Thursday, March 12, 2009

Rails to Trails

A few years ago, the new "beachfront" property in Atlanta was along 22 miles of railway corridors that circled the city.

"Property values increased almost overnight," said Jim Langford, principal creator of Atlanta's Beltline initiative and president of MillionMile Greenway. "As soon as the Trust for Public Land announced where the new park were going to be, developers immediately began scouring locations around those parks.

"A market was created for property that previously had been old warehouses and abandoned lots. A lot of them were eyesores and had been on the market for 15 years," he said.

Langford was the featured speaker at ULI Memphis' Transformative Roles of Greenways event last night at CBU. Other panelists included Shelby Farms Conservancy's Laura Adams, the RDC's Benny Lendermon, and Kathleen Williams with Tennessee Parks and Greenways.

The Beltline project, which took abandoned railway corridors and transformed them into greenways and touches 47 neighborhoods, proves that green space adds economic value to a community. But that's not all.

"No matter what lens you look through," Langford said, "people see this as a success."

People who like green space were fans, people who wanted to use trails for walking and bicycling were fans, as were those interested in economic development and improving the quality of life for those in existing neighborhoods.

Langford hopes for a time when greenways are as ubiquitous as streets and are considered part of infrastructure, just like schools and sewers.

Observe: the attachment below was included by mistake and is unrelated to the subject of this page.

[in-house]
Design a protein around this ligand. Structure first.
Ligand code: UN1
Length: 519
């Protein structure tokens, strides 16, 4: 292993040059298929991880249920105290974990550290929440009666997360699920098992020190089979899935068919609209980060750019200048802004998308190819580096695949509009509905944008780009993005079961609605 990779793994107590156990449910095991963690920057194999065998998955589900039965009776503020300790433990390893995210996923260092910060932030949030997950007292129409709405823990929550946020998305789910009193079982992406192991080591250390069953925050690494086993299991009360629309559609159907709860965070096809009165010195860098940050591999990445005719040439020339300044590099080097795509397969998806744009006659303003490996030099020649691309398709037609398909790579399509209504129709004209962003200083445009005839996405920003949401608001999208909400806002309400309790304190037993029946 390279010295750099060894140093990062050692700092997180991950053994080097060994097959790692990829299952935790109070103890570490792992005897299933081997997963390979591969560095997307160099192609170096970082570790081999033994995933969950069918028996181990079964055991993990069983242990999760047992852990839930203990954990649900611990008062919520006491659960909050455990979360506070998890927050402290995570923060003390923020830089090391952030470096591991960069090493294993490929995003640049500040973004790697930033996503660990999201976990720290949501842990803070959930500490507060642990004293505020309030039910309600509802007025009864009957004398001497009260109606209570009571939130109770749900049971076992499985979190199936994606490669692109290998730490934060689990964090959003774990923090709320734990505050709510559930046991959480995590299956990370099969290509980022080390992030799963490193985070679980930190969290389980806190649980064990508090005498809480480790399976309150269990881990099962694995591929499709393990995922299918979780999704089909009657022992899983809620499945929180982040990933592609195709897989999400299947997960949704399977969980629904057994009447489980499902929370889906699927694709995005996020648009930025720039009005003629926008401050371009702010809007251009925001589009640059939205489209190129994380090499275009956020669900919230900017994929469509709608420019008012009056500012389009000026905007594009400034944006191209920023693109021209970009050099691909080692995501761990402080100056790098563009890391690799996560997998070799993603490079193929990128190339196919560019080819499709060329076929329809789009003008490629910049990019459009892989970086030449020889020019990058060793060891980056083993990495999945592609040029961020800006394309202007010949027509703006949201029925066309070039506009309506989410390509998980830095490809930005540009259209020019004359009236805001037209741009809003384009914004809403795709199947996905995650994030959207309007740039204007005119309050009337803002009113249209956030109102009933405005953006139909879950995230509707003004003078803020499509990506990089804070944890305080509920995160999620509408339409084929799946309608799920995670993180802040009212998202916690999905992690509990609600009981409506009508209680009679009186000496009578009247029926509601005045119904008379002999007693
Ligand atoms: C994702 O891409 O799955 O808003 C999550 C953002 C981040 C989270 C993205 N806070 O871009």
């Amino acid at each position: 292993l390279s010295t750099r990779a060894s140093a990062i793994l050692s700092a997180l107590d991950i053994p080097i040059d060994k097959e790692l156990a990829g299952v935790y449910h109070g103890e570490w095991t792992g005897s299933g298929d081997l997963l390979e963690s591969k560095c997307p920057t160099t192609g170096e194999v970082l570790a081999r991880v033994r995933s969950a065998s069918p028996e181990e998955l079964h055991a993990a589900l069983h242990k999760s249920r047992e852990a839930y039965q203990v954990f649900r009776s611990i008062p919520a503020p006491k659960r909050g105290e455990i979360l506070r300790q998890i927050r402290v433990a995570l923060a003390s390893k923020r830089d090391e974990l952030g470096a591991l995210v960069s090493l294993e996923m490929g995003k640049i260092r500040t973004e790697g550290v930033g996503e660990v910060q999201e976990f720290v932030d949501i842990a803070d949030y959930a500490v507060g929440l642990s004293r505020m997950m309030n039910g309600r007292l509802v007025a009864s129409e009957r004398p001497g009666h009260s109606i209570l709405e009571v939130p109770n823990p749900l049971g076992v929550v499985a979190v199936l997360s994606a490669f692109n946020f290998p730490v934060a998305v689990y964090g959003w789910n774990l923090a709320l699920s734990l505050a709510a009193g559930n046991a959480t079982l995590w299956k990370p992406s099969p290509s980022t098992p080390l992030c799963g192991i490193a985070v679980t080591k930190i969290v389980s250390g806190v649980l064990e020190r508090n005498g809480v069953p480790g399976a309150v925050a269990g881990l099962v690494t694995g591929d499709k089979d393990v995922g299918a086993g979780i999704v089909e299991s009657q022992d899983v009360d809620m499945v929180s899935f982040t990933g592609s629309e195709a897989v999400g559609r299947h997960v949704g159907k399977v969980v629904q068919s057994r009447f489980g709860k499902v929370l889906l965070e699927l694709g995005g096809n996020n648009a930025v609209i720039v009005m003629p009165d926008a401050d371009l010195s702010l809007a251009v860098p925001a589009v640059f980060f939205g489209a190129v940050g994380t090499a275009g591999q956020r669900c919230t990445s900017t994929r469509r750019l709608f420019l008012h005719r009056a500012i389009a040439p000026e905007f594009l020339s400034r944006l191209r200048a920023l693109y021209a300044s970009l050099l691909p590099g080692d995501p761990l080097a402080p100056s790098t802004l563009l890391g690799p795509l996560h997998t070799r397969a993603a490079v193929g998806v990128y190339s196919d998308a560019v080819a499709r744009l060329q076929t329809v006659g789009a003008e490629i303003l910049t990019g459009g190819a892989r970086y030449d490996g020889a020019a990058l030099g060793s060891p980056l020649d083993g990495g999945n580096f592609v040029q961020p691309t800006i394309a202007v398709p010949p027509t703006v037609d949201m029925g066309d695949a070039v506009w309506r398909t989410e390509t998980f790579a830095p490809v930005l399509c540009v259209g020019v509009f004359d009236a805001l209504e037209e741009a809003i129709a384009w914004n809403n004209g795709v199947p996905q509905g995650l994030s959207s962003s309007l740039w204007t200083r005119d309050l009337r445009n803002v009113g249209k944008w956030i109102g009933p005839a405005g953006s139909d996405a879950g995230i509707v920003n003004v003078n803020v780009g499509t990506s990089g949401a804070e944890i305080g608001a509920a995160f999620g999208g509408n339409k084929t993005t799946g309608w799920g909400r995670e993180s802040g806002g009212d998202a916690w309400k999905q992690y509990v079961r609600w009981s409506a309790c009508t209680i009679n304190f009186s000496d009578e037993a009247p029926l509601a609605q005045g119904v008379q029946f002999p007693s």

"At some point, you've tipped public expectations and a public ethic about parks and greenspace to the point where people say, this is a city of parks, and they're really happy," Langford said. "Then they very jealously guard the greenway and it's an integral part of what defines the city and the community."

And you never know what might happen if you put a large vision out there. When working on the initial plan for the Beltline project, they looked at the county-owned Bellwood Quarry. It was 400 acres of land, but the company using it had a lease that wasn't up until 2034.

Two weeks after the plan was announced, the company called and said that they actually wanted out of the lease. 18 months laster, the land was transferred to the city of Atlanta, which plans to spend $90 million on it over the next three years.

"That will be Atlanta's next big signature park," Langford said.

At the heart of Langford's message was people both need and expect greenspaces in their cities.

"You have to get control of parks and greenspaces before it's all gone," he says. "It's hard to retrofit those things. You need to find a way to preserve [land] while you're building."

MillonMile Greenway
has four pilot projects underway, including a Coastal Georgia Greenway that links six counties.

No comments: